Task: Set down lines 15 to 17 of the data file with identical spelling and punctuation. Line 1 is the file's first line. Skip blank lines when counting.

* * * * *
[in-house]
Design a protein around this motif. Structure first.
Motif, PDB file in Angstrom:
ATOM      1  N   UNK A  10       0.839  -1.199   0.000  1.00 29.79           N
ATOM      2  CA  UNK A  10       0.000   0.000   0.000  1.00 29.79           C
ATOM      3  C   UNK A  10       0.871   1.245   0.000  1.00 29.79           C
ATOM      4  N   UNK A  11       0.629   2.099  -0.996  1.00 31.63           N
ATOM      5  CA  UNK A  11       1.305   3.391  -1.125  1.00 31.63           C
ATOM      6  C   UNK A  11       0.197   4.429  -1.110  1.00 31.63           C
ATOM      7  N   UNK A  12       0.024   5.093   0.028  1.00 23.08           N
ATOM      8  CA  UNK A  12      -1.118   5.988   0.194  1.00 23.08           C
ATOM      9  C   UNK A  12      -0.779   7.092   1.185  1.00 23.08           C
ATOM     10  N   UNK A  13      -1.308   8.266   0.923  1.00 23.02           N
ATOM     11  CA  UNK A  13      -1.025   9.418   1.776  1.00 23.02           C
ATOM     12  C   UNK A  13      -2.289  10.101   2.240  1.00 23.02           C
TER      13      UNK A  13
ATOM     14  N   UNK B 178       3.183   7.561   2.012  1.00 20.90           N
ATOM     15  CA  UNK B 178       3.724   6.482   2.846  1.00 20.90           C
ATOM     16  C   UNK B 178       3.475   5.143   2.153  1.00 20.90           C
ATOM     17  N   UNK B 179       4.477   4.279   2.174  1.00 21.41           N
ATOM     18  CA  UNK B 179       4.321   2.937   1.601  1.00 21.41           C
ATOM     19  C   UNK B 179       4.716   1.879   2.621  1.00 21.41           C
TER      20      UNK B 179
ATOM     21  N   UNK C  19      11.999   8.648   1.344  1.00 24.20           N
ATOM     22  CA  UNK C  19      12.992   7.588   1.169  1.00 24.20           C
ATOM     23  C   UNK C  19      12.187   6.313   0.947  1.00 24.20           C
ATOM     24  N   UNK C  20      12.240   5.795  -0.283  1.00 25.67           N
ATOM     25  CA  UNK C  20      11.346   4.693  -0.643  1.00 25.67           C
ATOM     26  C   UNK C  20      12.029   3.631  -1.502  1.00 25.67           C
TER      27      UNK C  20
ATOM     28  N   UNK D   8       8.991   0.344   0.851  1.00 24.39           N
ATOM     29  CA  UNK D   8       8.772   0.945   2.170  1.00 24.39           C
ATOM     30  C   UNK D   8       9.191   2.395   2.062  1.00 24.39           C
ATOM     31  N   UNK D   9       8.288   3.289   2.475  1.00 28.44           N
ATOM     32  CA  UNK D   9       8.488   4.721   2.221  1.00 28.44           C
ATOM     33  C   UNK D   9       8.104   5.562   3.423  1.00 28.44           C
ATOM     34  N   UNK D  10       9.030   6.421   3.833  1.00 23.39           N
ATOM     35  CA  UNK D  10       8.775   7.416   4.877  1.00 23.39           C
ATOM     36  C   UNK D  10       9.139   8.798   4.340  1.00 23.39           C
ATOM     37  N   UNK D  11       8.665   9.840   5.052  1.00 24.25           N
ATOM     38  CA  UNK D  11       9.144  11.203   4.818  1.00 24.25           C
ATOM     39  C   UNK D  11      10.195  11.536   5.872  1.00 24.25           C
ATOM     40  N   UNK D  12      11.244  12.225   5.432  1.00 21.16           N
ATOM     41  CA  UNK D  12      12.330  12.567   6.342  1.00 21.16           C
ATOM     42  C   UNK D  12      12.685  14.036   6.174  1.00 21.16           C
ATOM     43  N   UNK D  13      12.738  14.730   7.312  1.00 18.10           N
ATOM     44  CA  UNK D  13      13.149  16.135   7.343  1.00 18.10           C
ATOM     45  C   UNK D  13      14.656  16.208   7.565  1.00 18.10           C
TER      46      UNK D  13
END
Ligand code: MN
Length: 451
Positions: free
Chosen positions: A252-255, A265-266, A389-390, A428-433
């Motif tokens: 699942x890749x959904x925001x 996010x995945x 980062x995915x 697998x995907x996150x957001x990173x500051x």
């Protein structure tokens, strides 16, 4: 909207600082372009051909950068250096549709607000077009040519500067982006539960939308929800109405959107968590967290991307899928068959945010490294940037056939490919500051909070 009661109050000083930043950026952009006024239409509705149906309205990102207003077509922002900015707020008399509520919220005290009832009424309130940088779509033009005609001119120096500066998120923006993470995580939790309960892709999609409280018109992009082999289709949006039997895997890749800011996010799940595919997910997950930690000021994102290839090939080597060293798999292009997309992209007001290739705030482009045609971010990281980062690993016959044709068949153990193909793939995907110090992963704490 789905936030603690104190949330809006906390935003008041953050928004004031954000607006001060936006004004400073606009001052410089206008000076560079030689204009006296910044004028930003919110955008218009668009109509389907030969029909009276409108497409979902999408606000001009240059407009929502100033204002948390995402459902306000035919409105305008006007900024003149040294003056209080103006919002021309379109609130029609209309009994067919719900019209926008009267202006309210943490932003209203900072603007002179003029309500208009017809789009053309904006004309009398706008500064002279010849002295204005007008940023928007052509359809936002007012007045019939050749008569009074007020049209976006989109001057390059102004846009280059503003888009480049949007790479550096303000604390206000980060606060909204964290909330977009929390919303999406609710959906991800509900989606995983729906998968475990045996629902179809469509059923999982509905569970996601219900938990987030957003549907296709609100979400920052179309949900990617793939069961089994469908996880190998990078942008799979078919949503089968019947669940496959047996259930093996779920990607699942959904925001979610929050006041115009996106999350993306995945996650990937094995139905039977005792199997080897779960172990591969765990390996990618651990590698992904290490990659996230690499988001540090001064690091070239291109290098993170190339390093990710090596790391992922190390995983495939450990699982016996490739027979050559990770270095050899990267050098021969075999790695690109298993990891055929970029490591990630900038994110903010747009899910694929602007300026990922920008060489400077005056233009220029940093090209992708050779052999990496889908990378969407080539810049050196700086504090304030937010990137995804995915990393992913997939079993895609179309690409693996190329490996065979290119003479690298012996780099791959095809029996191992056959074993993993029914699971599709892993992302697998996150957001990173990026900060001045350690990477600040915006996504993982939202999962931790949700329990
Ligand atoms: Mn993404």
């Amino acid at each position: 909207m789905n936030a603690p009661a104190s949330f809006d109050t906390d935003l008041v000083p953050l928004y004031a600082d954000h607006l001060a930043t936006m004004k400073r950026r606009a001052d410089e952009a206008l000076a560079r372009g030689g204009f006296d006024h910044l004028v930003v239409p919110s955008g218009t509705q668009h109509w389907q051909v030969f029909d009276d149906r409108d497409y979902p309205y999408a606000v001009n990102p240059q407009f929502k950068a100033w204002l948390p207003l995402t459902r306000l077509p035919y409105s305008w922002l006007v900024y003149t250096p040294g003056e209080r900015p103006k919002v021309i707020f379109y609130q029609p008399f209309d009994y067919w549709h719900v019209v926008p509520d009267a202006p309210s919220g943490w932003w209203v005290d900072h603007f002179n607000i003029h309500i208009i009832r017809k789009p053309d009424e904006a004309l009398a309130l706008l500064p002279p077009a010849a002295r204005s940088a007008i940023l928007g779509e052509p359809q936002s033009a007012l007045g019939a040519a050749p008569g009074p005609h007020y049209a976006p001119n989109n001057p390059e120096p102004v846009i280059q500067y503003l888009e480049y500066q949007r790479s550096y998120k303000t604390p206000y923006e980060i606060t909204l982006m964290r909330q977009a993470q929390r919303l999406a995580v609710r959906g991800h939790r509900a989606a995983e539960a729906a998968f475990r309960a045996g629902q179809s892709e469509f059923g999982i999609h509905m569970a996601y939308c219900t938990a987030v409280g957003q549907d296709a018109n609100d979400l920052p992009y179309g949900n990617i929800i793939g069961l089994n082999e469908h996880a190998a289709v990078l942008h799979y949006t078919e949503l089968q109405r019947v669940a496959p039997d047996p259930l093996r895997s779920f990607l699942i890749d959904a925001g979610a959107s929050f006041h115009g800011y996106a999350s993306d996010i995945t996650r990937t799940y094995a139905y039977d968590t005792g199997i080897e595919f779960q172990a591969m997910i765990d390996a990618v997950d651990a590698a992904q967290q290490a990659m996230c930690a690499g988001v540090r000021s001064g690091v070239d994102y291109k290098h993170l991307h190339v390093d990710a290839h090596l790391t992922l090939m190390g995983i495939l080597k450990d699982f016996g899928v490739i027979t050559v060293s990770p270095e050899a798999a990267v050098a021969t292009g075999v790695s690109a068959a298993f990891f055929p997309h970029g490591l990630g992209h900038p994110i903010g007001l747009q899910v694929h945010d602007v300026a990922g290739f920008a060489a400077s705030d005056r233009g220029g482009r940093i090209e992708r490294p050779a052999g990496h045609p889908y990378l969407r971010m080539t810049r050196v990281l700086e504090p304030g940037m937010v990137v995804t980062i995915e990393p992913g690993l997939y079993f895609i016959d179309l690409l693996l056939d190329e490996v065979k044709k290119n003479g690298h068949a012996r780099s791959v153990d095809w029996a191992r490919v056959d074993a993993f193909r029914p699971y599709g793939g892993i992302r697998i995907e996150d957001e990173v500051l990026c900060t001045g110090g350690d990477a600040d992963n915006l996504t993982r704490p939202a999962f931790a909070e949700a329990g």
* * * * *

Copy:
ATOM     12  C   UNK A  13      -2.289  10.101   2.240  1.00 23.02           C
TER      13      UNK A  13
ATOM     14  N   UNK B 178       3.183   7.561   2.012  1.00 20.90           N